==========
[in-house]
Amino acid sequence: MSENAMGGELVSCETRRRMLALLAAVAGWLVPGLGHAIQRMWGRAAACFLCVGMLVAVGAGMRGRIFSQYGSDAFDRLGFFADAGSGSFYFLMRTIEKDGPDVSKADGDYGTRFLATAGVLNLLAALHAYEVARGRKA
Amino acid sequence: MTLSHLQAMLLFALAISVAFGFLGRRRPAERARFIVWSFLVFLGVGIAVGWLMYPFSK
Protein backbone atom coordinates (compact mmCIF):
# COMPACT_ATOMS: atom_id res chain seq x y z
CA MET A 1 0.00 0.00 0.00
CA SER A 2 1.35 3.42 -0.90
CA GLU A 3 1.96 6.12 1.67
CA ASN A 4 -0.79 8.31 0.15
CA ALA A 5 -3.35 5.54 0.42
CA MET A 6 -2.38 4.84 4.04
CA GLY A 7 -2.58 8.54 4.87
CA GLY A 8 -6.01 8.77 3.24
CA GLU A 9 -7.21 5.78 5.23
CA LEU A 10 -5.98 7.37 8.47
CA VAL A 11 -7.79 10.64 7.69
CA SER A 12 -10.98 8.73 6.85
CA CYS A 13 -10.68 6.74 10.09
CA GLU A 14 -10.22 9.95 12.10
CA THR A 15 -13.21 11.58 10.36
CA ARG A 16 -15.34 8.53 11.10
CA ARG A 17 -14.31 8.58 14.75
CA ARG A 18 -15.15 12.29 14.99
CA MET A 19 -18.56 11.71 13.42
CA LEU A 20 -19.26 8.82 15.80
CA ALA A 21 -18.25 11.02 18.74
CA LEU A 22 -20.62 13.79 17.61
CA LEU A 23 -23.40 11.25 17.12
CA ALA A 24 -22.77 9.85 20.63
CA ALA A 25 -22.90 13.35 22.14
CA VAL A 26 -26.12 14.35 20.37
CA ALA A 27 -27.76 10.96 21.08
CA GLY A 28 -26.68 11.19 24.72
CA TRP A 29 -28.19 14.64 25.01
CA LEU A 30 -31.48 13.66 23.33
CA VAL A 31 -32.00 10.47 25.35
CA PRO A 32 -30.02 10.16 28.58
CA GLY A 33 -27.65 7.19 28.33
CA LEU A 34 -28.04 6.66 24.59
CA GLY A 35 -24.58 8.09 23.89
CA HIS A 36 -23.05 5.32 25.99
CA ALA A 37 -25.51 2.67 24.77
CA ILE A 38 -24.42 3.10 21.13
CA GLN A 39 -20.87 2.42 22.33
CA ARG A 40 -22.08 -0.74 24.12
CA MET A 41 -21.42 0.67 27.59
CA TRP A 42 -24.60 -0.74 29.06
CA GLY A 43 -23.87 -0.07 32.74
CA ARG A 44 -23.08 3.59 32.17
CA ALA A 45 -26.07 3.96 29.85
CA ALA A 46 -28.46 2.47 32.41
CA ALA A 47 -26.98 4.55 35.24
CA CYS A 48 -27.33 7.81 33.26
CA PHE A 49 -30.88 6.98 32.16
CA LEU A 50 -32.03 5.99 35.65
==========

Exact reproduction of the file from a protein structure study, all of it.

[in-house]
Amino acid sequence: MSENAMGGELVSCETRRRMLALLAAVAGWLVPGLGHAIQRMWGRAAACFLCVGMLVAVGAGMRGRIFSQYGSDAFDRLGFFADAGSGSFYFLMRTIEKDGPDVSKADGDYGTRFLATAGVLNLLAALHAYEVARGRKA
Amino acid sequence: MTLSHLQAMLLFALAISVAFGFLGRRRPAERARFIVWSFLVFLGVGIAVGWLMYPFSK
Protein backbone atom coordinates (compact mmCIF):
# COMPACT_ATOMS: atom_id res chain seq x y z
CA MET A 1 0.00 0.00 0.00
CA SER A 2 1.35 3.42 -0.90
CA GLU A 3 1.96 6.12 1.67
CA ASN A 4 -0.79 8.31 0.15
CA ALA A 5 -3.35 5.54 0.42
CA MET A 6 -2.38 4.84 4.04
CA GLY A 7 -2.58 8.54 4.87
CA GLY A 8 -6.01 8.77 3.24
CA GLU A 9 -7.21 5.78 5.23
CA LEU A 10 -5.98 7.37 8.47
CA VAL A 11 -7.79 10.64 7.69
CA SER A 12 -10.98 8.73 6.85
CA CYS A 13 -10.68 6.74 10.09
CA GLU A 14 -10.22 9.95 12.10
CA THR A 15 -13.21 11.58 10.36
CA ARG A 16 -15.34 8.53 11.10
CA ARG A 17 -14.31 8.58 14.75
CA ARG A 18 -15.15 12.29 14.99
CA MET A 19 -18.56 11.71 13.42
CA LEU A 20 -19.26 8.82 15.80
CA ALA A 21 -18.25 11.02 18.74
CA LEU A 22 -20.62 13.79 17.61
CA LEU A 23 -23.40 11.25 17.12
CA ALA A 24 -22.77 9.85 20.63
CA ALA A 25 -22.90 13.35 22.14
CA VAL A 26 -26.12 14.35 20.37
CA ALA A 27 -27.76 10.96 21.08
CA GLY A 28 -26.68 11.19 24.72
CA TRP A 29 -28.19 14.64 25.01
CA LEU A 30 -31.48 13.66 23.33
CA VAL A 31 -32.00 10.47 25.35
CA PRO A 32 -30.02 10.16 28.58
CA GLY A 33 -27.65 7.19 28.33
CA LEU A 34 -28.04 6.66 24.59
CA GLY A 35 -24.58 8.09 23.89
CA HIS A 36 -23.05 5.32 25.99
CA ALA A 37 -25.51 2.67 24.77
CA ILE A 38 -24.42 3.10 21.13
CA GLN A 39 -20.87 2.42 22.33
CA ARG A 40 -22.08 -0.74 24.12
CA MET A 41 -21.42 0.67 27.59
CA TRP A 42 -24.60 -0.74 29.06
CA GLY A 43 -23.87 -0.07 32.74
CA ARG A 44 -23.08 3.59 32.17
CA ALA A 45 -26.07 3.96 29.85
CA ALA A 46 -28.46 2.47 32.41
CA ALA A 47 -26.98 4.55 35.24
CA CYS A 48 -27.33 7.81 33.26
CA PHE A 49 -30.88 6.98 32.16
CA LEU A 50 -32.03 5.99 35.65